Charlotte County commissioners believe a proposed tower commemorating the 1983 bombing of Marine barracks in Beirut could be the nation’s best memorial for this tragedy.

A four-story tower has been designed for a nonprofit group headed by the younger brother of a young Marine who died in the bombing — William R. Gaines Jr.

Gaines’ brother, Michael, updated commissioners last week on the project that has revitalized a county park over the past three years. County staff also updated the board on their progress on county-funded amenities in the park. At the request of the park’s board champion, Commissioner Stephen R. Deutsch, the county will add the new design to its master plan for parks and recreation.

“I can’t emphasize enough the education aspect of this,” said Michael Gaines of the tower. “A lot of people don’t know about what happened in ‘83, why it should matter. This is a chance to explain it.”

Commissioner Chris Constance called the tower design “very impressive.”

“It will be the one location where people can go and reflect and assume the embodiment and the sentiment and get closer to that whole experience,” he said.

The Gaines Veterans Foundation has so far paid for two dramatic cement entrance signs for the park, the flagpole and an architectural design for the tower, Gaines told commission. They have $400,000 on hand now for the tower that they are told would cost at most, $3 million, but hopefully less.

Many people have donated so far, Gaines told The Daily Sun, as have some corporations including the local Ford dealership and Allegiant Travel Co. Anyone wanting to donate or more information on the tower should go to www.wrgainesjr.org.

“It may take a few years and it’s certainly going to take a lot of effort on the fundraising side, but you’ve gotten this far, and I fully assume you’ll get there. Hopefully, we’ll all be there to see it,” Constance said.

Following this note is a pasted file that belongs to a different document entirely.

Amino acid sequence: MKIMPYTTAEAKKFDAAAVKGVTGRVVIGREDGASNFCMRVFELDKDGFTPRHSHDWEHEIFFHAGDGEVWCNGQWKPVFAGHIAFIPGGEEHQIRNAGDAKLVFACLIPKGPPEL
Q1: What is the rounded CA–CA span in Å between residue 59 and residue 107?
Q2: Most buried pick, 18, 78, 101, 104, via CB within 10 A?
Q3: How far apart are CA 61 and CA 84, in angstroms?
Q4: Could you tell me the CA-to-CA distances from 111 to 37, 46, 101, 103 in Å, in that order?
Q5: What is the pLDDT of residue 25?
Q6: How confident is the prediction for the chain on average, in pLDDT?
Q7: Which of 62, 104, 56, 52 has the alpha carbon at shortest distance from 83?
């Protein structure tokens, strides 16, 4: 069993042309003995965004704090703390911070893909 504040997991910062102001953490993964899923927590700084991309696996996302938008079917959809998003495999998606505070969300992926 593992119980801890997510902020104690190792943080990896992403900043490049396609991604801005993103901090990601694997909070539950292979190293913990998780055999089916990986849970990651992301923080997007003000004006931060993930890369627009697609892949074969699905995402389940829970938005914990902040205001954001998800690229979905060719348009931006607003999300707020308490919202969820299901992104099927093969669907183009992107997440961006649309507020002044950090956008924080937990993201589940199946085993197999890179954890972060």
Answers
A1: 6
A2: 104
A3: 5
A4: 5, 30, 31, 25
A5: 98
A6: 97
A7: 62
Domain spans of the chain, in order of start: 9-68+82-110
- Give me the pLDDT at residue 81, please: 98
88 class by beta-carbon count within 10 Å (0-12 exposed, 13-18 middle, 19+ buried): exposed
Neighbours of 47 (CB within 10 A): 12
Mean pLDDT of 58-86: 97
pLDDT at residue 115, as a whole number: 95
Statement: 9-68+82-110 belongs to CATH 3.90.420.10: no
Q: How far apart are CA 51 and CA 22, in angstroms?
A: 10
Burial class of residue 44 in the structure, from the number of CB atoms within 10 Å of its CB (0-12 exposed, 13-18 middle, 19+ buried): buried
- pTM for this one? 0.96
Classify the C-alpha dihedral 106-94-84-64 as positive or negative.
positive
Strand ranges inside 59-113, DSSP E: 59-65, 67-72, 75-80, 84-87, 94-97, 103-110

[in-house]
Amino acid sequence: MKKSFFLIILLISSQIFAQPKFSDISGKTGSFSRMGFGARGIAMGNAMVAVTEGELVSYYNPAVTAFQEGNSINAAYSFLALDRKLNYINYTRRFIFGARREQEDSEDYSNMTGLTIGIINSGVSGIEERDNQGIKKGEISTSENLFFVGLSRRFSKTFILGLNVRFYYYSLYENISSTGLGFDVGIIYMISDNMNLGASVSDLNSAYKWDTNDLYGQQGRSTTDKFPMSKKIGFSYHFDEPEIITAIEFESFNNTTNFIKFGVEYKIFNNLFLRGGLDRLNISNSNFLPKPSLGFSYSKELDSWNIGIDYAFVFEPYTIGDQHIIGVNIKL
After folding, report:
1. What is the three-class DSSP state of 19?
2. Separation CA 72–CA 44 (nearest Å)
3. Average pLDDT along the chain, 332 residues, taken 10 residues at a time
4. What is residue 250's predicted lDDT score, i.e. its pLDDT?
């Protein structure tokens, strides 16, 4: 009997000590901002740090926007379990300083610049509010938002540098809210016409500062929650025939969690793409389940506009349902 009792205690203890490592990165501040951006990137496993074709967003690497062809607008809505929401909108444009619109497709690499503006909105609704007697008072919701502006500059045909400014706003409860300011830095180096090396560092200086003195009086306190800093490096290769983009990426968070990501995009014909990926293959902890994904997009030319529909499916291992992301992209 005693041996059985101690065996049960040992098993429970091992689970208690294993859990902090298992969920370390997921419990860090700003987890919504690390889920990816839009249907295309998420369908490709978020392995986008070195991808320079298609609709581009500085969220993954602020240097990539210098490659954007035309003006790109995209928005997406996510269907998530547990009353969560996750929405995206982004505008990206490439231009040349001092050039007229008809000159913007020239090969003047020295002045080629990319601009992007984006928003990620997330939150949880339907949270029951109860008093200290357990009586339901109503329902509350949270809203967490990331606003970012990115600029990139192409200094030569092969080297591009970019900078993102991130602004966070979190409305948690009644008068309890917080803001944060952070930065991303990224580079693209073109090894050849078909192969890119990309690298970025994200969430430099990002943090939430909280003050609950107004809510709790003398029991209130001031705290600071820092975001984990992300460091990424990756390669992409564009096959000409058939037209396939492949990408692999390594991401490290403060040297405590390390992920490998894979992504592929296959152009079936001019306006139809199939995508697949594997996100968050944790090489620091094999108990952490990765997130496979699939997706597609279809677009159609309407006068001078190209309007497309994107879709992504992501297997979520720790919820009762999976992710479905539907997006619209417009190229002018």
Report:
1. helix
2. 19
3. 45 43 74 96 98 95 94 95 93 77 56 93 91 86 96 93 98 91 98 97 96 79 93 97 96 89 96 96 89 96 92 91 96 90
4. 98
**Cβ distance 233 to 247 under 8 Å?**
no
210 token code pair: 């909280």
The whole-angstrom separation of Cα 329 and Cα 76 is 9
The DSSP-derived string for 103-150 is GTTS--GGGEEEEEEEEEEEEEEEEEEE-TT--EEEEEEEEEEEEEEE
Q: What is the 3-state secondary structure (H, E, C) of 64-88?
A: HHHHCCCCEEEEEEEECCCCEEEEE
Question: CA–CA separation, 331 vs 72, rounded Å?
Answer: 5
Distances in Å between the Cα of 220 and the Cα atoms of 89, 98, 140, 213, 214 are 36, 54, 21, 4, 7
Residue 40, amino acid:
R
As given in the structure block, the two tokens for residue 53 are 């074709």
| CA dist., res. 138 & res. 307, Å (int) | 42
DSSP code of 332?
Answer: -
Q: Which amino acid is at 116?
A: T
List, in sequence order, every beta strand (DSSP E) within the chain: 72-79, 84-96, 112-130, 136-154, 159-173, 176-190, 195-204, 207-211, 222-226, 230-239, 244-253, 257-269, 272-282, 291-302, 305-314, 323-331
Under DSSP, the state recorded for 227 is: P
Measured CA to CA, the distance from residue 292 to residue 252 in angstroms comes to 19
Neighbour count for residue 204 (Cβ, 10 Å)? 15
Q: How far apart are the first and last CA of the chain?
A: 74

The architect who designed the tower used elements of the two buildings where the Marines lived and worked at that time in Beirut, Gaines said.

The foundation is working with a university history department to ensure the accuracy of the story behind the suicide bombing that killed 220 Marines and 21 other American military men in Beirut. They were there as a primary element in an international peacekeeping force during that country’s civil war.

The entrance will commemorate the crater left by the suicide bomb. Nine-foot historical panels will tell the story of the complex history behind the bombing.

The Gaines project began in 2017 when the county renamed the minimalist Sunrise Park off Edgewater Drive to William R. Gaines Jr. Memorial Park. The park is located along the Charlotte Harbor coastline, bordered by mangroves.

So far, the county has completed phase one of the project, Facilities Director Anthony Maddox told commissioners. That was $2.1 million worth of projects including a second entrance to the park, new asphalt and green parking lots, a playground and sidewalks. Florida Power & Light paid for a solar parking canopy.

The current project, phase 2, is mostly funded by the state Department of Environmental Protection. It includes trails to be built through the wooded areas on the coastal side of the park.

Phase 3 is also funded — with $1.75 million anticipated from the county’s 2020 sales tax initiative. It will include connecting the park’s restrooms to the county’s sewer system instead of the septic fields they currently use. The phase will add bocce, pickleball and tennis courts with lighting plus a pavilion.

There’s no funding identified for the last phase that would add a splash pad and community center.

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